President Zulfikar Ali Bhutto in 1971
President Zulfikar Ali Bhutto in 1971

Besides the PPP and the AL, the other political parties that participated in the first general elections in Pakistan were:

  • Pakistan Peoples Party (PPP)
  • Awami League (AL)
  • Jamaat-e-Islami (JI)
  • PML-Q (Pakistan Muslim League-Qayyum)
  • Jamiat Ulema-e-Islam (JUI)
  • Jamiat Ulema-e-Pakistan (JUP)
  • PML-Convention (PML-C)
  • National Awami Party (NAP)
  • Pakistan Democratic Party

While each party had its own manifesto and aim, the Islamist parties focused on making Pakistan an Islamic democratic state and promoted their campaigns in accordance with it.

Election Results

The election process began with the registration of voters and their verification for the inclusion of eligible candidates. Typically, voter registration and verification were conducted through electoral rolls. Polling stations were established across the country, and election officials were assigned for supervision. On December 7, 1970, voters cast their votes on the ballot paper. Sixty percent of registered voters asserted their national responsibility by participating in the electoral process. After the successful polls, the boxes containing ballot papers were sealed and transported to central counting centers. The officials then counted the votes, and the results were announced.

The AL won 160 out of 162 general seats and all seven seats reserved for women in the National Assembly. The Awami League was the sole winner from East Pakistan, while in the west wing, the PPP emerged as the leading party with 81 general seats and 5 women’s seats. Additionally, PML-Q, JUI, JUP, PML-C, NAP, and JI secured 9, 7, 7, 7, 6, and 4 seats, respectively, in the western wing. However, a total of 151 seats were required to secure victory in the election. 

Ten days later, on 17, provincial elections were held, and the Awami League was the leading party again. On the other hand, the PPP won from Sindh and Punjab, while the National Awami Party won from NWFP and Balochistan. It was the first assembly elected by direct adult franchise and population basis in Pakistan. The elections caused a deep political and cultural division in the eastern and western wings. Despite being the leading party, AL couldn’t form a government, and its advocacy for the autonomy of the East was blocked.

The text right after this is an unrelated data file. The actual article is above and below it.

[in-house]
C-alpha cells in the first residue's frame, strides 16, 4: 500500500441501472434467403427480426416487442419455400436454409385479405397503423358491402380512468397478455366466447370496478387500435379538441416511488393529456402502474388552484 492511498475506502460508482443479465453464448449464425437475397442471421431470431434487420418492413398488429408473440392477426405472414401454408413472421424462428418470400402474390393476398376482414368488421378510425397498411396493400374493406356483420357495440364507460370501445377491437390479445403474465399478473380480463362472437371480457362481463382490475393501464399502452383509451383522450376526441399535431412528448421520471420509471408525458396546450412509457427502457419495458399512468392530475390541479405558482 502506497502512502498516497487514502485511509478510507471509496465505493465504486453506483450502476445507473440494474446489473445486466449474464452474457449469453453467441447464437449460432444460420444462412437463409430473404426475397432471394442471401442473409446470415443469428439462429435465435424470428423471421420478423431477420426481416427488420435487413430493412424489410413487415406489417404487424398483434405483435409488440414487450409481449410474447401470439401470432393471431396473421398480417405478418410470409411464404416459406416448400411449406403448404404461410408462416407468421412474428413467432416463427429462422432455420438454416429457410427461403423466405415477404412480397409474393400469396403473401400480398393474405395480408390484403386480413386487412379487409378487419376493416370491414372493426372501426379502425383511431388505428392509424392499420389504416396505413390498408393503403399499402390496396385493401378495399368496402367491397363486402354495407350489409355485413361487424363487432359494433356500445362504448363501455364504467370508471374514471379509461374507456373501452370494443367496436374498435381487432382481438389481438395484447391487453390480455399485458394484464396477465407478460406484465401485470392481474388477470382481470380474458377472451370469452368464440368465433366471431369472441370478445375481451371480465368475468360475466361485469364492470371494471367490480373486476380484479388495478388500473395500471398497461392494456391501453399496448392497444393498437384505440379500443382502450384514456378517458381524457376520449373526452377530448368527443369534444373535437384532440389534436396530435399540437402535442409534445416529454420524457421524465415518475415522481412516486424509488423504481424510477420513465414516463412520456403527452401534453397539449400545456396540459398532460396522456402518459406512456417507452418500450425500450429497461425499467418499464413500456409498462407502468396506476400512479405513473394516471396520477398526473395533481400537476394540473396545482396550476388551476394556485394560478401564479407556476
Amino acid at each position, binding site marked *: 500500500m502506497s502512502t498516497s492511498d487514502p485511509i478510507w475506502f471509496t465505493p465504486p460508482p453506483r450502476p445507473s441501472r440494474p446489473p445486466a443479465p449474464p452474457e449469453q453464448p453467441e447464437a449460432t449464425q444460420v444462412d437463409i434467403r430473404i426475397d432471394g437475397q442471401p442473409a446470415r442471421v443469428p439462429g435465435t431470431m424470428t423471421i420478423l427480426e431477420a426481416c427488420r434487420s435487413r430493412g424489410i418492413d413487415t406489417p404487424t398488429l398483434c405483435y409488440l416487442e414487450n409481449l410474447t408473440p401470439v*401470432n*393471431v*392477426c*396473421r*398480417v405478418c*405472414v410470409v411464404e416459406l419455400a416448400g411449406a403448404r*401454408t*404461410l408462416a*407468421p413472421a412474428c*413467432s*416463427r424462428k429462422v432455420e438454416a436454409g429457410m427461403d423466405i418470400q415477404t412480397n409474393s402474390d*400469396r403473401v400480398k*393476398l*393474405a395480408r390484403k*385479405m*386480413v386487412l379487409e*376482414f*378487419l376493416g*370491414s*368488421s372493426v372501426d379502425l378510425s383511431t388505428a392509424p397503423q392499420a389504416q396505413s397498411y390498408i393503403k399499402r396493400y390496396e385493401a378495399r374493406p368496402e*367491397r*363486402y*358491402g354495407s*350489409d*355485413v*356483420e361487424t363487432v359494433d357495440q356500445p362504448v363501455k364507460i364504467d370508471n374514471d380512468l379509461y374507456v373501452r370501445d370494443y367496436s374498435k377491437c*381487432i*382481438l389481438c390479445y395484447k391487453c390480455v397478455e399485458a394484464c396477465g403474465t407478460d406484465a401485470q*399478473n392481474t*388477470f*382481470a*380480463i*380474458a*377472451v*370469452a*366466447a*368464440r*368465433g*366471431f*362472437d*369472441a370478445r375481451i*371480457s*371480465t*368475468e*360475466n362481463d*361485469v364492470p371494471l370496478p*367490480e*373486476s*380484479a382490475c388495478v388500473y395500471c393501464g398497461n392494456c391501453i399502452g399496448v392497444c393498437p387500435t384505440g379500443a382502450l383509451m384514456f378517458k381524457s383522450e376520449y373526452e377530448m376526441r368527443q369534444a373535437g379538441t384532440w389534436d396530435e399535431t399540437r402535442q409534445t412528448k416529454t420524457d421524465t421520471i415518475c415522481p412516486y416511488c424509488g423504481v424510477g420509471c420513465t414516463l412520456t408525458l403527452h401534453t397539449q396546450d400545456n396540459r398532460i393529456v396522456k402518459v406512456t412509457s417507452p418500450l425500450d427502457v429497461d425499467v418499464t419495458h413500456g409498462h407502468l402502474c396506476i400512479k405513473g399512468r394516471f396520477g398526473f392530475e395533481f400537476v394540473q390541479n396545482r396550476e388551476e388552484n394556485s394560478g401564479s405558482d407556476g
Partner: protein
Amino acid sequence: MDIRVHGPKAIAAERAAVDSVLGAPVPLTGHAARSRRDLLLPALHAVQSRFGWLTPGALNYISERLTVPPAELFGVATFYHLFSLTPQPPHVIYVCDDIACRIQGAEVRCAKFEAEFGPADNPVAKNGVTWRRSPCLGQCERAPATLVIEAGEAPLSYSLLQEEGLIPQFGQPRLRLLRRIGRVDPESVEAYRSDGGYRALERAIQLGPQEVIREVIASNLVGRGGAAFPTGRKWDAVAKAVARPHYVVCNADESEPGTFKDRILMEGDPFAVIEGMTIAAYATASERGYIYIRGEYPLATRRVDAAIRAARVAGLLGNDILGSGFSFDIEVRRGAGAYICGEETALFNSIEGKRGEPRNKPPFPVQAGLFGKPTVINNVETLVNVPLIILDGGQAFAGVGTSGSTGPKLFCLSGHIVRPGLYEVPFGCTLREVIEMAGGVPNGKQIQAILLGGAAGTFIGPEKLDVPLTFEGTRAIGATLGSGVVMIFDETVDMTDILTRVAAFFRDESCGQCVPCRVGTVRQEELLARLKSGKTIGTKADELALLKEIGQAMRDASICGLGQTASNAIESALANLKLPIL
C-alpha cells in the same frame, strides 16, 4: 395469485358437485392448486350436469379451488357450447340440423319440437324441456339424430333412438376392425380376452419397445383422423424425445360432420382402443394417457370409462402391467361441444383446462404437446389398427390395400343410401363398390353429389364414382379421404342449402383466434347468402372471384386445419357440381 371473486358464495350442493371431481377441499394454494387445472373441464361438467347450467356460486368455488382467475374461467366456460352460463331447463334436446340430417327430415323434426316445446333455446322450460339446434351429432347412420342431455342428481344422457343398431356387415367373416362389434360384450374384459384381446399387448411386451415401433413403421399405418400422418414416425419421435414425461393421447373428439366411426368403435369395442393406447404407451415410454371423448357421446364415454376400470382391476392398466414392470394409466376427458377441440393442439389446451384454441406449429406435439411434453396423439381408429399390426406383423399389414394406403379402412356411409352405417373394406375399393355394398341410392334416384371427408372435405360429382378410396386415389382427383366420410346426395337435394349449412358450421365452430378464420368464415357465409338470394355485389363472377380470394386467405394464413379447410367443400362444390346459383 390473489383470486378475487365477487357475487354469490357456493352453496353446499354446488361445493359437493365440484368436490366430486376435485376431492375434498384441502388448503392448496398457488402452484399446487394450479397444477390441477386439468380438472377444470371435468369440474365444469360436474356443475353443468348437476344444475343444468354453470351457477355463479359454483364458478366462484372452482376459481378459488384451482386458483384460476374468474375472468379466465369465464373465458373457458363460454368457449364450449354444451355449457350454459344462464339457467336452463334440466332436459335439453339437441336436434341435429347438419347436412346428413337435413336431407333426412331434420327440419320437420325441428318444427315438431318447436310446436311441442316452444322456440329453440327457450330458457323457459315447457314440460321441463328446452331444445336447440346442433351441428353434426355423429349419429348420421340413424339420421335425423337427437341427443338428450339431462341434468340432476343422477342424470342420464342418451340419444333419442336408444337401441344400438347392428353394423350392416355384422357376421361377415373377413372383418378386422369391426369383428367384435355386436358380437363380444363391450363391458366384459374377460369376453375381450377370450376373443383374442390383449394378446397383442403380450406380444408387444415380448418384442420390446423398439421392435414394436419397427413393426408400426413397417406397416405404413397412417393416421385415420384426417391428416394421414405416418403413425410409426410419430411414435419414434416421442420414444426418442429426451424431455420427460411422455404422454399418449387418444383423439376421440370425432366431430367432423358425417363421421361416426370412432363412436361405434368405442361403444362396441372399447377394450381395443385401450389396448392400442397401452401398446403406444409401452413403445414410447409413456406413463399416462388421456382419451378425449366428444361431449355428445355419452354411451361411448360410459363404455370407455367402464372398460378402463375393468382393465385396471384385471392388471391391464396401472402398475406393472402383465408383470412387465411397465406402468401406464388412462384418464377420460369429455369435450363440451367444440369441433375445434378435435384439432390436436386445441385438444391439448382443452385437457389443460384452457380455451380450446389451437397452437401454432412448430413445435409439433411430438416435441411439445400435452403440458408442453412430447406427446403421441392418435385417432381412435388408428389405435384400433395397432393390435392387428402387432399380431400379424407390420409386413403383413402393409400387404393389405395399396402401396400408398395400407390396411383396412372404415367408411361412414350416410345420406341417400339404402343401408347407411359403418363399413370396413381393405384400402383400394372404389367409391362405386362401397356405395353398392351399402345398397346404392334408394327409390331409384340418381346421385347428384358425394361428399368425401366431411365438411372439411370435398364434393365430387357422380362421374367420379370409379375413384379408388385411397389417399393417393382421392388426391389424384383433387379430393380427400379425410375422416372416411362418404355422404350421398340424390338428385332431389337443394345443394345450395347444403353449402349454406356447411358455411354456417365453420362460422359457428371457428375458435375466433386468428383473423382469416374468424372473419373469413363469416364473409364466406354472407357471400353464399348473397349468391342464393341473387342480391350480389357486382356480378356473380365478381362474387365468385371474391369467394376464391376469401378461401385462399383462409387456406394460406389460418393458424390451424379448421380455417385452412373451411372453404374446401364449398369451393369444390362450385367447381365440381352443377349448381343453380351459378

Yahya Khan and other higher authorities from the West declined the formation of a federal government by politicians from East Pakistan. As a result, Yahya Khan appointed a veteran politician, Nurul Amin, to settle the agreement between the AL and PPP. Nurul Amin became prime minister of Pakistan for 13 days—from December 7 to December 20, 1971—serving the shortest tenure in the history of the state. Later, Zulfikar Ali Bhutto of the PPP became the first-ever civilian martial law administrator of Pakistan.

Turmoil in the State

Following the first general elections, riots ensued between the eastern and western wings of Pakistan. Easterners wanted Bengali alongside Urdu as a national language. Despite being the majority, they were being treated as a minority, and their rights in the governmental authorities were denied by the government officials of West Pakistan. In November 1970, the Bhola Cyclone struck East Pakistan, resulting in the devastation of 200,000–500,000 people due to inadequate measures. The havoc caused by the cyclone was particularly attributed to West Pakistan.

These were just a few of the factors that contributed to a much larger issue—the war of 1971. As a result of the Bangladesh Liberation War between the armed forces of the West and the Bengali nationalists of the East, East Pakistan emerged as Bangladesh on the world map on March 26, 1971. The first session of the National Assembly was delayed until April 14, 1972 because of the separation of East Pakistan. When the session finally took place in the State Bank building of Islamabad, all of the 144 members of the National Assembly from the former West Pakistan made an appearance.

The constitution was dissolved by Yahya Khan, and until a new constitution was drafted, an interim constitution was adopted. In 1972, the National Assembly established a constitutional committee tasked with drafting the new constitution of Pakistan, which was subsequently implemented on the country’s independence day the following year.

On the same day, Zulfikar Ali Bhutto took the oath as prime minister of Pakistan. Under the 1973 Constitution, Pakistan was declared the “Islamic Republic of Pakistan” and a bicameral system was adopted within the country. The constitution enshrined the principles of democracy, ensuring the right of citizens to freely elect their representatives through periodic and transparent elections. Consequently, the general elections in Pakistan continued after the landmark elections held in 1970.

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The views and opinions expressed in this article/paper are the author’s own and do not necessarily reflect the editorial position of Paradigm Shift.